Saturday, April 7, 2012

Ratcheting Up the Rhetoric: IPCC time again

UPDATE April 8: Eschenbach has a devastating addition to his work: A fuller sample of CO2 proxies shows that CO2 kept going up over the last few thousand years, but temperature didn't. Once again there is no apparent connection between the two, a direct contradiction of Shakun et al's thesis--and it seems highly likely that Shakun et al new of this evidence, or should have known. The so-called 5th Annual Report of the Intergovernmental Panel on Climate Change (IPCC) is not expected for some time (Working Group I, "The Physical Science Basis," will issue the Summary for Policy Makers in about a year), but there is already a crescendo of news releases to support the global warming dogma. 1. Shakun et al, "Global warming preceded by increasing carbon dioxide concentrations ...," in Nature (2102). As Anthony Watts suggests, this is an indication of some evidence that the global warming movement desperately needs: a time when first CO2 went up, then temperature, and a plausible cause and effect can be traced. Al Gore's famous graphic, based on ice cores in one region, with both CO2 and temp spiking repeatedly at about the same time, actually shows in every case temperature up first, then CO2. This new paper considers more evidence, from more regions, and suggests that in the case of the end of the last Ice Age--a very significant temperature-related event--CO2 went up first, then temperature. Of course ice cores are a proxy for temperature, not a thermometer, and before 1850 there is usually no choice but to use proxies, and then defend why they are or may be reliable. Willis Eschenbach has looked at the actual proxies used in the study.
The main curiosity about these, other than the wide variety of amounts of warming, is the different timing of the warming. In some proxies it starts in 25,000 BC, in others it starts in 15,000 BC. Sometimes the warming peaks as early as 14,000 BC, and sometimes around 5,000 BC or later. Sometimes the warming continues right up to the present.
Since there is so much variation in the warming trends, plural, there is no way to co-relate any global warming trend with global CO2. 2. Booth et al, "Aerosols implicated as a prime driver of twentieth-century North Atlantic climate variability," Nature (2012). Amato Evans:
In a paper published on Nature’s website today, Booth et al. report their use of a state-of-the-art model of Earth’s climate to demonstrate that, at least over the past century, the AMO [Atlantic multidecadal oscillation] is largely the response of the upper ocean to changes in the concentration of pollution aerosols in the atmosphere. If correct, their results imply that the influence of human activity on the Atlantic regional climate is more pervasive than previously thought.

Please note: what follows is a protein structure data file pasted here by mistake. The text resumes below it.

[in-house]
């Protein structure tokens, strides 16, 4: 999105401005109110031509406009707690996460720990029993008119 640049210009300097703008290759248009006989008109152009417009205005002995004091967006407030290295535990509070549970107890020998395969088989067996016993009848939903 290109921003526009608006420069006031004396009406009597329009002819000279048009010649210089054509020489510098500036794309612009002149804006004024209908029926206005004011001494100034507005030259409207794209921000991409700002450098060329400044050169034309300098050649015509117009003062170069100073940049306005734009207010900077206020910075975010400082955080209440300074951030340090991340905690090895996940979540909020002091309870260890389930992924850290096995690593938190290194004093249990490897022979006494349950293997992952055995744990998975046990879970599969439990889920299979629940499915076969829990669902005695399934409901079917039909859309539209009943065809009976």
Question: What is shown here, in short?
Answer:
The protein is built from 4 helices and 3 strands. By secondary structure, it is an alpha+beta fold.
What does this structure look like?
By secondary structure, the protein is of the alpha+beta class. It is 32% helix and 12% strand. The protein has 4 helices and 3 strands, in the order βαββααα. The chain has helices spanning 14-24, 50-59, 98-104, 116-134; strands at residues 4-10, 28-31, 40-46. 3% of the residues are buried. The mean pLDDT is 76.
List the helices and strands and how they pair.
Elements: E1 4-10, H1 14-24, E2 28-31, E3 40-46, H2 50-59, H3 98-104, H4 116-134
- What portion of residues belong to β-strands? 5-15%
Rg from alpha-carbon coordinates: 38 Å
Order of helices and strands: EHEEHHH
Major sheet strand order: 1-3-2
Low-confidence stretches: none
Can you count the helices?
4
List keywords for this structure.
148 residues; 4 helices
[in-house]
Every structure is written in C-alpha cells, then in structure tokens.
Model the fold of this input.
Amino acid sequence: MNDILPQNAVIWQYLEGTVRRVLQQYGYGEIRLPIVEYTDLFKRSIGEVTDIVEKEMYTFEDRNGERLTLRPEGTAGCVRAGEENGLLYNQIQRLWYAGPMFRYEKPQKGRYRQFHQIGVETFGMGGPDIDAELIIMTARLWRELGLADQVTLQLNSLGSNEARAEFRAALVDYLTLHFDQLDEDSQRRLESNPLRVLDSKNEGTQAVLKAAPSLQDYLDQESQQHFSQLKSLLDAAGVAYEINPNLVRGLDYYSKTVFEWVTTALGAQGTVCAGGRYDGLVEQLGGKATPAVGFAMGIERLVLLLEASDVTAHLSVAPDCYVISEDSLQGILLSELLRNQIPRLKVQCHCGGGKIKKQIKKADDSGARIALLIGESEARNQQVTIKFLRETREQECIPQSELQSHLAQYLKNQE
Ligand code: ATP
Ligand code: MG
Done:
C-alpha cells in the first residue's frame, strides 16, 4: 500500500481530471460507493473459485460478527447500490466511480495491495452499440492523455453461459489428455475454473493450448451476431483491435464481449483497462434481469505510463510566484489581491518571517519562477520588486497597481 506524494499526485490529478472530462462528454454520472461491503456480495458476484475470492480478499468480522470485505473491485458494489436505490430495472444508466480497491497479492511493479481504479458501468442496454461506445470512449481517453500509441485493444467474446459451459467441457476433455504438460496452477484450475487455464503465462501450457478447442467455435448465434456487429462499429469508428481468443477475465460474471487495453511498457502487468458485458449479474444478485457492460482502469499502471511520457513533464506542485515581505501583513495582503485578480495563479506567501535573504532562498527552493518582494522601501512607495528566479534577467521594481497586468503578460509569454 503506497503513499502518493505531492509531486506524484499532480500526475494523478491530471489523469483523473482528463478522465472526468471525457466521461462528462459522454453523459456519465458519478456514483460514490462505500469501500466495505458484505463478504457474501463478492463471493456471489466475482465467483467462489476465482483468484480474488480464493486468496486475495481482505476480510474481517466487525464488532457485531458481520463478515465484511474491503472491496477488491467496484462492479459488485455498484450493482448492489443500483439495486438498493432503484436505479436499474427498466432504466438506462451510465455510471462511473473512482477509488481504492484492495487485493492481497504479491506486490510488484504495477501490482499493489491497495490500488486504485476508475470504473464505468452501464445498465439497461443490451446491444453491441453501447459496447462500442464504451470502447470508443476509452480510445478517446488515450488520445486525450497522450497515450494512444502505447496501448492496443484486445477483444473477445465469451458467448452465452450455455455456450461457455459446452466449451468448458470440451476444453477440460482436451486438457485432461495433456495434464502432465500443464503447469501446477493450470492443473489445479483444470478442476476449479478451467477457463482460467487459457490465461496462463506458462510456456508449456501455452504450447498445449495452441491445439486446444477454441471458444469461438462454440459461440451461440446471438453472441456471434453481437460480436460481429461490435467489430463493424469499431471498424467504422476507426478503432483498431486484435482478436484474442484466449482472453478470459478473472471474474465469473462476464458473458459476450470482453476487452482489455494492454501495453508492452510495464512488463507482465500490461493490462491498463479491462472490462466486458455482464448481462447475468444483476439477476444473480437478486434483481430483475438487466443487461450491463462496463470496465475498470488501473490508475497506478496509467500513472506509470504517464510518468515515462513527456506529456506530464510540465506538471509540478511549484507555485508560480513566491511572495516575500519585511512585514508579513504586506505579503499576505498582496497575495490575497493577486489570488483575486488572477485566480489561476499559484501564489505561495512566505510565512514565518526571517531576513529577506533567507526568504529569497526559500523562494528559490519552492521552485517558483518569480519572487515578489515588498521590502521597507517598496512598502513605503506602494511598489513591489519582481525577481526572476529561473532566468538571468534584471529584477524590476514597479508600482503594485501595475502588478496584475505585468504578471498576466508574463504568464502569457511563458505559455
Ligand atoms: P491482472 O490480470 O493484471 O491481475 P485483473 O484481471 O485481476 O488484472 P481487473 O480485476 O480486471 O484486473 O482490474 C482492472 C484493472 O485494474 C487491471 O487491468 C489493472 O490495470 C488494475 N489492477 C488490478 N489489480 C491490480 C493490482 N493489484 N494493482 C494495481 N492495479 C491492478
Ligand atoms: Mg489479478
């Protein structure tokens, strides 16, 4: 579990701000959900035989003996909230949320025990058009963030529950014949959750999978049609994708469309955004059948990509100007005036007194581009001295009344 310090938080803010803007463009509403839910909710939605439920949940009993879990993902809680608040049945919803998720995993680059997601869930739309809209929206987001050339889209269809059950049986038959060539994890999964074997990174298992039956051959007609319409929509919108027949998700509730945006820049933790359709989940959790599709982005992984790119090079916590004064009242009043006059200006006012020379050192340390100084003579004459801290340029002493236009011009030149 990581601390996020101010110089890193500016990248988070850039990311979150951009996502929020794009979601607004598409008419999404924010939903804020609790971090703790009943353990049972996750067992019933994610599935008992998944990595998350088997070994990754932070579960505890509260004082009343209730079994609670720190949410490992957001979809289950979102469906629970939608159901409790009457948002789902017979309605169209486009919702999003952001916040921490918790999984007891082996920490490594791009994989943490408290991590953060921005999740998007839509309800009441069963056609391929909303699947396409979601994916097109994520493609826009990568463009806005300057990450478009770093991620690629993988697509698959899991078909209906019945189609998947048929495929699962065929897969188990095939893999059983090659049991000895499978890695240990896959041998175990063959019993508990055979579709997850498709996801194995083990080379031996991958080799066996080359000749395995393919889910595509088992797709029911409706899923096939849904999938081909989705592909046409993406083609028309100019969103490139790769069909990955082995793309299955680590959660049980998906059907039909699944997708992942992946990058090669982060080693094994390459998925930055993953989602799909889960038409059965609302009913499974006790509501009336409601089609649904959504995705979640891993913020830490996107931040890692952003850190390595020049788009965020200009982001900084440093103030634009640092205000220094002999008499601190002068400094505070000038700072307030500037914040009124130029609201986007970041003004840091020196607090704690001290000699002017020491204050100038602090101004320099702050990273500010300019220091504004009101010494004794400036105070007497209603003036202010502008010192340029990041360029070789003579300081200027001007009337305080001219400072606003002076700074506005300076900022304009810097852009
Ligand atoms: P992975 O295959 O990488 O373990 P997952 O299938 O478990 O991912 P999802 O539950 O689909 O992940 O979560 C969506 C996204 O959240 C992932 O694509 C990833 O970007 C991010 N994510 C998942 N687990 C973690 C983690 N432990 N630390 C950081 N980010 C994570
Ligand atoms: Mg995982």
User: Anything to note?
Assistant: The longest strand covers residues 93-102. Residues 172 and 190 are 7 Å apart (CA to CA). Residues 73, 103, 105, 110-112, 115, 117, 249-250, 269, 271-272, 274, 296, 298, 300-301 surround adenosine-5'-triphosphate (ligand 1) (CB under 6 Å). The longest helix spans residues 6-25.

Judy Curry:
The result of this paper is driven by the so-called aerosol indirect effect, whereby the aerosols change the physical and optical properties of clouds. The uncertainty in the aerosol indirect effect is estimated in the AR4 to be by far the most uncertain element of radiative forcing, and the estimates in AR4 neglect many of the modes of the aerosol indirect effect, notably those associated with ice clouds.
Realistic error bars on current aerosol optical depth measurements are quite large; historical error bars must be huge. The fortuitous agreement of the aerosol optical depth with temperature variability is serendipitous climate magic, almost certainly with circular reasoning buried deeply or not so deeply in the aerosol estimates.
And finally, if this paper is correct and there is no AMO other than aerosol forcing, this is going to overthrow a very substantial body of work by oceanographers on the Atlantic Meridional Overturning Circulation . At best, the period in this paper covers 2 oscillations.
Color me unconvinced by this paper. I suspect that if this paper had been submitted to J. Geophysical Research or J. Climate, it would have been rejected. In any event, a much more lengthy manuscript would have been submitted with more details, allowing people to more critically assess this. By publishing this, Nature seems to be looking for headlines, rather than promoting good science.
A final reflection: recall my previous post on Trends, change points and hypotheses. This paper is squarely in the camp of hypothesis #1, where all climate variability (other than ENSO) is externally forced. I think this view is incorrect, but it seems to be ruling the IPCC’s mode of thinking.
3. Last for today: James Hansen, Al Gore's climate Rasputin. Acting on global warming is a moral cause like abolishing slavery. For the analogy to work, there has to be something analogous to slaves, along with a realistic plan to free them. Otherwise you're just struggling to find new names to apply to people who disagree with you.

Getting sick of Twitter

I can only laugh. I'm not on Facebook or Twitter, and in some ways I want to have less to do with electronics, not more. But this is funny, from a politician who has been seeing some harsh comments, and now thinks the Twitterverse is nastier than your typical Tim Horton's crowd: "Being on Twitter is like being badgered by a drunk on a 24-hour bus ride."